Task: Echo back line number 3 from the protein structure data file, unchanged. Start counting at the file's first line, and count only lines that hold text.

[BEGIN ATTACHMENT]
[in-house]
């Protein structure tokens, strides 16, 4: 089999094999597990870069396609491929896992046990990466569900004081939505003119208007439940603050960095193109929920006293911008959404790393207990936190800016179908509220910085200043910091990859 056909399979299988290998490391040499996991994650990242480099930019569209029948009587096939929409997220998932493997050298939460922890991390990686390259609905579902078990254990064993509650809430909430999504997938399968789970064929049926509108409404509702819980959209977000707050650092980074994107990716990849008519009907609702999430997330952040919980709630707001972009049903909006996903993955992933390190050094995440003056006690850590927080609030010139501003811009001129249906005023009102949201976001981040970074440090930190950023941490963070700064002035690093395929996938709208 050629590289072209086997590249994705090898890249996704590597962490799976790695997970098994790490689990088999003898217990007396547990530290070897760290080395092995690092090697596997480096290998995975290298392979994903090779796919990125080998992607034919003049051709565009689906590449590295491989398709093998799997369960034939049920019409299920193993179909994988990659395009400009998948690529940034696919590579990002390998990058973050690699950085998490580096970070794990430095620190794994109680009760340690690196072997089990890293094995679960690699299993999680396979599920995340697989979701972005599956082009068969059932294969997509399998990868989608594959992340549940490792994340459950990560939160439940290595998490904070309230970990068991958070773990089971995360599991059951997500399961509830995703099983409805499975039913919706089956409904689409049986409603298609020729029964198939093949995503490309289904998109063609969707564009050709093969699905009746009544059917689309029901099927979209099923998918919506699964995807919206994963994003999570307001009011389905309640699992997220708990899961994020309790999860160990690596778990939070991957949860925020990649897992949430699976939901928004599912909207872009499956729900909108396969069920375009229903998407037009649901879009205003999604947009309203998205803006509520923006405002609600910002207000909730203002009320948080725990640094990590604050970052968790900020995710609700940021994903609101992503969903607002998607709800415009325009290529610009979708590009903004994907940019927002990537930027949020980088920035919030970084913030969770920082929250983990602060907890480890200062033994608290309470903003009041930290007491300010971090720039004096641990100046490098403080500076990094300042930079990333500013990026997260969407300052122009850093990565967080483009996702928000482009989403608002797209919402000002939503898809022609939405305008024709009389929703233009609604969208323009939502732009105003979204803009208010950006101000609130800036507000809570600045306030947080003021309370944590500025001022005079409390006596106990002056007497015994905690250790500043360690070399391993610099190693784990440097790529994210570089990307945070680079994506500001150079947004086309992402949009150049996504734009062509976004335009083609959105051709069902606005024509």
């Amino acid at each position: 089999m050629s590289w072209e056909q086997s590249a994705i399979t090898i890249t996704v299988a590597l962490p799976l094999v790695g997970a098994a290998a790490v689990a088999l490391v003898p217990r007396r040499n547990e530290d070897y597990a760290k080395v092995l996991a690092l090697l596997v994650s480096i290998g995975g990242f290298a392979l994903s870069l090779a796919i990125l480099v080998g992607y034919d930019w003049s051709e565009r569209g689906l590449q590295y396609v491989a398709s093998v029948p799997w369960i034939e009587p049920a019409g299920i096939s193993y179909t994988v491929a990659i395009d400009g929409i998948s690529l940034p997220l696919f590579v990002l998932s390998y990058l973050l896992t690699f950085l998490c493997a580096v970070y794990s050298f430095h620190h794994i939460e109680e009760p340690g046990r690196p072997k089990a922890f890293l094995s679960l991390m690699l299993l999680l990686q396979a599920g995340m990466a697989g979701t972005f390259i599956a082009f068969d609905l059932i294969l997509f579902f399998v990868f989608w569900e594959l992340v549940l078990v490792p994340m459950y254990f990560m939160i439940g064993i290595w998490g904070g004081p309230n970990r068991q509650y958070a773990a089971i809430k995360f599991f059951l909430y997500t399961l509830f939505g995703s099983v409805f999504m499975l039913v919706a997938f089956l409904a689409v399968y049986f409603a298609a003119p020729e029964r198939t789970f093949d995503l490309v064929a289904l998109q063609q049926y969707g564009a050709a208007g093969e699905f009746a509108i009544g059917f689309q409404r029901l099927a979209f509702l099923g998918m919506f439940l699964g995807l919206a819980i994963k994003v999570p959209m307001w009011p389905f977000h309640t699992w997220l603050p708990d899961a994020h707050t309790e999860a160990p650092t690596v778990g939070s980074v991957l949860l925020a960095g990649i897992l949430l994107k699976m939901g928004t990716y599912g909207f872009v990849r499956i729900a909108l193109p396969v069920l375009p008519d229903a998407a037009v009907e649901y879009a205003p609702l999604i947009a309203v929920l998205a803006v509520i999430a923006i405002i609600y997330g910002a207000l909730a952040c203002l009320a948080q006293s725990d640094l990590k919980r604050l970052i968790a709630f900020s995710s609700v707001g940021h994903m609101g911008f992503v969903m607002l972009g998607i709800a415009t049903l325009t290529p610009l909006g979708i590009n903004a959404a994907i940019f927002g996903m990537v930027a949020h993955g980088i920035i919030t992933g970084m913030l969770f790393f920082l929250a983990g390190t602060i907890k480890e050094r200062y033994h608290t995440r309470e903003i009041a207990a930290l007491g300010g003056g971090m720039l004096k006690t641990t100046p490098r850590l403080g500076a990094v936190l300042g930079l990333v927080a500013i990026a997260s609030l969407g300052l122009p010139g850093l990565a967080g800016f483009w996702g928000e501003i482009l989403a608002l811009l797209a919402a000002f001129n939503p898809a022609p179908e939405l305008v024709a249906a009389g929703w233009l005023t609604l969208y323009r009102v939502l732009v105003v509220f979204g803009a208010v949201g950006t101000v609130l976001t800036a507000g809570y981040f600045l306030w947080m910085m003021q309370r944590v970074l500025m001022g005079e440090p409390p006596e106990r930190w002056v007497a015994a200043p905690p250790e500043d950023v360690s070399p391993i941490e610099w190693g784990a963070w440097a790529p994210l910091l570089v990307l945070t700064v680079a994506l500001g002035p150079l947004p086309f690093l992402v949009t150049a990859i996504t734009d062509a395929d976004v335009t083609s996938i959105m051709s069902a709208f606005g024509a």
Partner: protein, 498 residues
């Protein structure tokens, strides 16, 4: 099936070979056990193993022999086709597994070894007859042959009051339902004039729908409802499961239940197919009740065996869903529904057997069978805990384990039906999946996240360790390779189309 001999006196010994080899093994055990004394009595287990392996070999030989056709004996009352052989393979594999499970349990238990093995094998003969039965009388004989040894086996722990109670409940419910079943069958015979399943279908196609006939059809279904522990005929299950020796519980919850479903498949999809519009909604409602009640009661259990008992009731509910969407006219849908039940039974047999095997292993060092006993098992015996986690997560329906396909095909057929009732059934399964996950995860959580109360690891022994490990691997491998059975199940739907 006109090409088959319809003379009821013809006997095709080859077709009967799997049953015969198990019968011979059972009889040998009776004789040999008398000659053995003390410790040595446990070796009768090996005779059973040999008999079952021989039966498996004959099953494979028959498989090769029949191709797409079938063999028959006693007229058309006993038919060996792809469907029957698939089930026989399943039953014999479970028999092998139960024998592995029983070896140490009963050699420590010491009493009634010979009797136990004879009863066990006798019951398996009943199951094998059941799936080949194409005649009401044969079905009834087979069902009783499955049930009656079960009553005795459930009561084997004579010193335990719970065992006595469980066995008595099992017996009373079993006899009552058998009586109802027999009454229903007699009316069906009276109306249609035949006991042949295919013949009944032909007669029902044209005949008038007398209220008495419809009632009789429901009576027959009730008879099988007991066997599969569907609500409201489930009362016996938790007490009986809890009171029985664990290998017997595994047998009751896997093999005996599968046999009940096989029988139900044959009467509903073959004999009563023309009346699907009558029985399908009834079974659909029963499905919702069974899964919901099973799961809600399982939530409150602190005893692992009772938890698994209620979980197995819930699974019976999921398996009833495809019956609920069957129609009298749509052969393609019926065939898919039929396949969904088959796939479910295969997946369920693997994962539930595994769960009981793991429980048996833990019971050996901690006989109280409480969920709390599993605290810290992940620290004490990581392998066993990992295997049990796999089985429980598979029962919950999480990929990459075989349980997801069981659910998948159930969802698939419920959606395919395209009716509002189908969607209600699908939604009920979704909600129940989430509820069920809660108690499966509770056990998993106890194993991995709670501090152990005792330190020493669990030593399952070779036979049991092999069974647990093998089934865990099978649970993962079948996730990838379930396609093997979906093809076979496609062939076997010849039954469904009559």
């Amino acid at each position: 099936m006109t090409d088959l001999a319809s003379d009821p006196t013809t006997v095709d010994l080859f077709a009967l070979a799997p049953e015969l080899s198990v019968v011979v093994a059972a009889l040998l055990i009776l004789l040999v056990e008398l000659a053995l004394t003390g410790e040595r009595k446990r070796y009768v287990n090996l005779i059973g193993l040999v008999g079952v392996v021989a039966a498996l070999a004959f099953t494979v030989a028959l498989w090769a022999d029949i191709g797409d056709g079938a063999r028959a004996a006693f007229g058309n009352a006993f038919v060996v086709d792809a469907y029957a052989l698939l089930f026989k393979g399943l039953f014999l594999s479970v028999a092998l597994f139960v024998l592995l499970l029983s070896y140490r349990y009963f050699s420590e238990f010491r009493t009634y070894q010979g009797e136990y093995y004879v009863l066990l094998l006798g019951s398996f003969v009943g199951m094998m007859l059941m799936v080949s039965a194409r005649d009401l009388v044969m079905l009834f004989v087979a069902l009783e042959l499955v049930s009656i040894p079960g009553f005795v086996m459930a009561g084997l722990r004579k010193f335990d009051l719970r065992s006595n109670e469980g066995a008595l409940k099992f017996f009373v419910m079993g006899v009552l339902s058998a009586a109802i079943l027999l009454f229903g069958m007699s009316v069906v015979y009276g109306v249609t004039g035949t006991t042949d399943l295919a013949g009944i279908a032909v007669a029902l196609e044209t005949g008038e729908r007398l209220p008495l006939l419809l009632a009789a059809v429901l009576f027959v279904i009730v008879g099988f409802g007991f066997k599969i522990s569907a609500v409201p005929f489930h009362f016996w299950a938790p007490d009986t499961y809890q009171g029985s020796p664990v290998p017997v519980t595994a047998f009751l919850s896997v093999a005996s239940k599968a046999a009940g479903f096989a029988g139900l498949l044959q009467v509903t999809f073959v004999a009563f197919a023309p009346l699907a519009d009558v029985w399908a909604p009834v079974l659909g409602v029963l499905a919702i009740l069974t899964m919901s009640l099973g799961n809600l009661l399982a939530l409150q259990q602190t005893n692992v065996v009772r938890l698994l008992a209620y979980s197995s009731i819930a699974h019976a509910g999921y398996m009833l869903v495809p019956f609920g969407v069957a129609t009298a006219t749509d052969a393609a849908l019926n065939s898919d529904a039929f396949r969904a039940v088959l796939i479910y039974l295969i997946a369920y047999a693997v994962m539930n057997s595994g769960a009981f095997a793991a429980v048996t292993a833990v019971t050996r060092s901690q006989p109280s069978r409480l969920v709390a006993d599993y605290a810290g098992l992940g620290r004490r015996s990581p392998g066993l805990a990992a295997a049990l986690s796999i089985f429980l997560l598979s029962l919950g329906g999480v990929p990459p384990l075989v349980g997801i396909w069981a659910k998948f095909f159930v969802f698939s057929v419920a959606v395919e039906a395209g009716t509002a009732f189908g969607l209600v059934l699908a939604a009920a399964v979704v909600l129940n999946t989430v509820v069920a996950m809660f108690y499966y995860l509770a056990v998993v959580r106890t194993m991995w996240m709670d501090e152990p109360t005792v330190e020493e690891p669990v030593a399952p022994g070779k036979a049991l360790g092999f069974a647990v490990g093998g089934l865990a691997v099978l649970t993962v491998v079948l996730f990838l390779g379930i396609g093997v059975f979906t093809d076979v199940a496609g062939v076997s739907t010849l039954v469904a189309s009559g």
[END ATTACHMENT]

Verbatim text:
């Amino acid at each position: 089999m050629s590289w072209e056909q086997s590249a994705i399979t090898i890249t996704v299988a590597l962490p799976l094999v790695g997970a098994a290998a790490v689990a088999l490391v003898p217990r007396r040499n547990e530290d070897y597990a760290k080395v092995l996991a690092l090697l596997v994650s480096i290998g995975g990242f290298a392979l994903s870069l090779a796919i990125l480099v080998g992607y034919d930019w003049s051709e565009r569209g689906l590449q590295y396609v491989a398709s093998v029948p799997w369960i034939e009587p049920a019409g299920i096939s193993y179909t994988v491929a990659i395009d400009g929409i998948s690529l940034p997220l696919f590579v990002l998932s390998y990058l973050l896992t690699f950085l998490c493997a580096v970070y794990s050298f430095h620190h794994i939460e109680e009760p340690g046990r690196p072997k089990a922890f890293l094995s679960l991390m690699l299993l999680l990686q396979a599920g995340m990466a697989g979701t972005f390259i599956a082009f068969d609905l059932i294969l997509f579902f399998v990868f989608w569900e594959l992340v549940l078990v490792p994340m459950y254990f990560m939160i439940g064993i290595w998490g904070g004081p309230n970990r068991q509650y958070a773990a089971i809430k995360f599991f059951l909430y997500t399961l509830f939505g995703s099983v409805f999504m499975l039913v919706a997938f089956l409904a689409v399968y049986f409603a298609a003119p020729e029964r198939t789970f093949d995503l490309v064929a289904l998109q063609q049926y969707g564009a050709a208007g093969e699905f009746a509108i009544g059917f689309q409404r029901l099927a979209f509702l099923g998918m919506f439940l699964g995807l919206a819980i994963k994003v999570p959209m307001w009011p389905f977000h309640t699992w997220l603050p708990d899961a994020h707050t309790e999860a160990p650092t690596v778990g939070s980074v991957l949860l925020a960095g990649i897992l949430l994107k699976m939901g928004t990716y599912g909207f872009v990849r499956i729900a909108l193109p396969v069920l375009p008519d229903a998407a037009v009907e649901y879009a205003p609702l999604i947009a309203v929920l998205a803006v509520i999430a923006i405002i609600y997330g910002a207000l909730a952040c203002l009320a948080q006293s725990d640094l990590k919980r604050l970052i968790a709630f900020s995710s609700v707001g940021h994903m609101g911008f992503v969903m607002l972009g998607i709800a415009t049903l325009t290529p610009l909006g979708i590009n903004a959404a994907i940019f927002g996903m990537v930027a949020h993955g980088i920035i919030t992933g970084m913030l969770f790393f920082l929250a983990g390190t602060i907890k480890e050094r200062y033994h608290t995440r309470e903003i009041a207990a930290l007491g300010g003056g971090m720039l004096k006690t641990t100046p490098r850590l403080g500076a990094v936190l300042g930079l990333v927080a500013i990026a997260s609030l969407g300052l122009p010139g850093l990565a967080g800016f483009w996702g928000e501003i482009l989403a608002l811009l797209a919402a000002f001129n939503p898809a022609p179908e939405l305008v024709a249906a009389g929703w233009l005023t609604l969208y323009r009102v939502l732009v105003v509220f979204g803009a208010v949201g950006t101000v609130l976001t800036a507000g809570y981040f600045l306030w947080m910085m003021q309370r944590v970074l500025m001022g005079e440090p409390p006596e106990r930190w002056v007497a015994a200043p905690p250790e500043d950023v360690s070399p391993i941490e610099w190693g784990a963070w440097a790529p994210l910091l570089v990307l945070t700064v680079a994506l500001g002035p150079l947004p086309f690093l992402v949009t150049a990859i996504t734009d062509a395929d976004v335009t083609s996938i959105m051709s069902a709208f606005g024509a």